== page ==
During 5th period on May 8 in the PHS gym, a collection of six students performed a brief all-school assembly, which was organized by the administration to address what was acknowledged as a pattern of hate speech on campus.
Initial reports from a student regarding anti-semitism in his freshman P.E. class spurred administrative action on the subject. According to one anonymous student’s story read during the assembly, the incidents ranged from verbal taunts and name-calling, to Holocaust jokes, to the appearance of swastikas on campus.
“These are not jokes. This is not normal, this is hate speech,” said junior Kay Sibal, who was one of two students speakers that led the assembly.
Throughout the entirety of the roughly half hour presentation, not a single teacher or administrator addressed the audience.
“We are here today to begin a conversation as a community about hate speech,” said Sibal, adding that the assembly did not intend to target individuals.
Sibal’s introduction was followed by four student speakers who read written remarks from anonymous students. In addition to the P.E. class anti-semitism, the stories also covered difficulties faced by students in minority groups such as African Americans, Asian Americans, and the LGBTQ community.
One student wrote about becoming numb to small insults about his Jewish faith after hearing jokes several times each day at school. An African American student addressed the use of the “N-word” by their caucasian peers.
Freshman Soren Call said he found the assembly powerful and impactful despite the anonymity of the stories.
“I think that [the assembly] should happen every year,” sophomore Addison Darden said. “If it happened more often it could be so much more impactful.”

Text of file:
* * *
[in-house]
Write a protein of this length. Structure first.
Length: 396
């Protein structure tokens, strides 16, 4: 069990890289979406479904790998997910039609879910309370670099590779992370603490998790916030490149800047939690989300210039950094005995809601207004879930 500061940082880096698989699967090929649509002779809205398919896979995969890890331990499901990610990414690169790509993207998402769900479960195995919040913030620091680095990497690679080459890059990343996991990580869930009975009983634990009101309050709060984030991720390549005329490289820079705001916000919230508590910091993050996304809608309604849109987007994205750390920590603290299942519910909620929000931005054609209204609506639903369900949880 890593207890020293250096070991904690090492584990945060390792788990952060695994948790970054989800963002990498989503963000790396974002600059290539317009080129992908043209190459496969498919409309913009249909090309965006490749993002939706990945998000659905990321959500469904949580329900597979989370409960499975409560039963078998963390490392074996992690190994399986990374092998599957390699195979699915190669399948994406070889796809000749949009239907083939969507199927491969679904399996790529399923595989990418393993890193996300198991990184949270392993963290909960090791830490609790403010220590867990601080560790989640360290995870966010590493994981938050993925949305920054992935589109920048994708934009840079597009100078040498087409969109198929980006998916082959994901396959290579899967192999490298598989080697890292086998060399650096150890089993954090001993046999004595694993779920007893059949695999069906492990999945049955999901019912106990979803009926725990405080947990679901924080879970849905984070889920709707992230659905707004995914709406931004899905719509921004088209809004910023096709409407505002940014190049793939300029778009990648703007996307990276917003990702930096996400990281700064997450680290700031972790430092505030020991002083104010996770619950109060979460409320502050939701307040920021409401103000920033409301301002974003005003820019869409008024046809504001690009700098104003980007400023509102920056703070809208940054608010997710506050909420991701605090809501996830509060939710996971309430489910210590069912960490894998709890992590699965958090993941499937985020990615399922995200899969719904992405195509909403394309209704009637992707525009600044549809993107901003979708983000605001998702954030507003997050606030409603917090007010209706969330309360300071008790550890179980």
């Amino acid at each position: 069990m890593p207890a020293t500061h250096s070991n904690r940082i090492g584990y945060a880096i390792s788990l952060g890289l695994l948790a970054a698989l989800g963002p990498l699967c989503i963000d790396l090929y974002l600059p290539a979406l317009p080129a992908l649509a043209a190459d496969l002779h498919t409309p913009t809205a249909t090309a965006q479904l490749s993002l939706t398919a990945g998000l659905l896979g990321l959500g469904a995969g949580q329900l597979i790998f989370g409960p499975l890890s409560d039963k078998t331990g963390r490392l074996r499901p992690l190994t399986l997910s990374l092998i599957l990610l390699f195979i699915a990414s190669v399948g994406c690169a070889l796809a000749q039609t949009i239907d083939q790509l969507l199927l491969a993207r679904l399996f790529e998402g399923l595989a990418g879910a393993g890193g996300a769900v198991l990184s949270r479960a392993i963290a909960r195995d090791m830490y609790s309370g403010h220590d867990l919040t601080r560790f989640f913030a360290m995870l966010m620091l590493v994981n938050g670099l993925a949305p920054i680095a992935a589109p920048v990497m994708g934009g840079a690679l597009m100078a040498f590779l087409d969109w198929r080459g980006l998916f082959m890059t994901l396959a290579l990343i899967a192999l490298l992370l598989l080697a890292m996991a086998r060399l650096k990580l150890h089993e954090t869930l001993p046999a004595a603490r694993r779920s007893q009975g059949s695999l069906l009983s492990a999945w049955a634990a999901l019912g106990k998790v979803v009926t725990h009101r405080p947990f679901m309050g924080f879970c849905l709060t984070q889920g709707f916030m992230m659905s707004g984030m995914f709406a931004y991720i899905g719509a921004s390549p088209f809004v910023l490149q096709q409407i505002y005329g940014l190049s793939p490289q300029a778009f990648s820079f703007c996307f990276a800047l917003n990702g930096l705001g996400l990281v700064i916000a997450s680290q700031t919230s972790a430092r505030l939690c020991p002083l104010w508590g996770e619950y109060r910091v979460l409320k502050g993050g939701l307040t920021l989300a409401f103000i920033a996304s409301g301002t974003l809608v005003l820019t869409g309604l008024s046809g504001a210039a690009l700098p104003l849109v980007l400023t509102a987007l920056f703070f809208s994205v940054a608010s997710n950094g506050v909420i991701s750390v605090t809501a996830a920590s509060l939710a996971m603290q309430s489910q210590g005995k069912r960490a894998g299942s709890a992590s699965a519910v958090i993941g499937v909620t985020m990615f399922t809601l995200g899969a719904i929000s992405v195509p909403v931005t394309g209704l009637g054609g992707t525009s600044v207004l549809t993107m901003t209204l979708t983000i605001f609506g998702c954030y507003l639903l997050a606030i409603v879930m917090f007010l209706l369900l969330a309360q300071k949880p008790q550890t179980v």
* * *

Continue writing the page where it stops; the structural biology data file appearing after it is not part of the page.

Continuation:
In the Fall semester of this year, senior Amalia Roy proposed an assembly of a similar nature. She had worked to collect anonymous stories from people of all ethnicities at PHS and MHS to discuss both microaggressions and more overt racism. Roy’s assembly and the proposed African American parents night did not occur this school year. The administration would like to follow up with the assembly for next school year.
While the students were in the assembly, Superintendent Randall Booker sent an email letter home to PUSD families on May 8 regarding the Monday assembly. In the letter, he acknowledged the anti-semitic behavior.
“The verbal and physical taunts that prompted the assembly have been occurring for several months, although these were first brought to the attention of school officials on April 24,” according to Booker’s letter. “Since that day, we have been investigating and talking with victims, witnesses, those accused, and with parents, as well as getting support from the Piedmont Police Department and the Piedmont Appreciating Diversity Committee.”
The administration has begun taking disciplinary action towards students involved in the hate-motivated incidents and 12 suspensions have been made so far. Other disciplinary action for additional students is pending.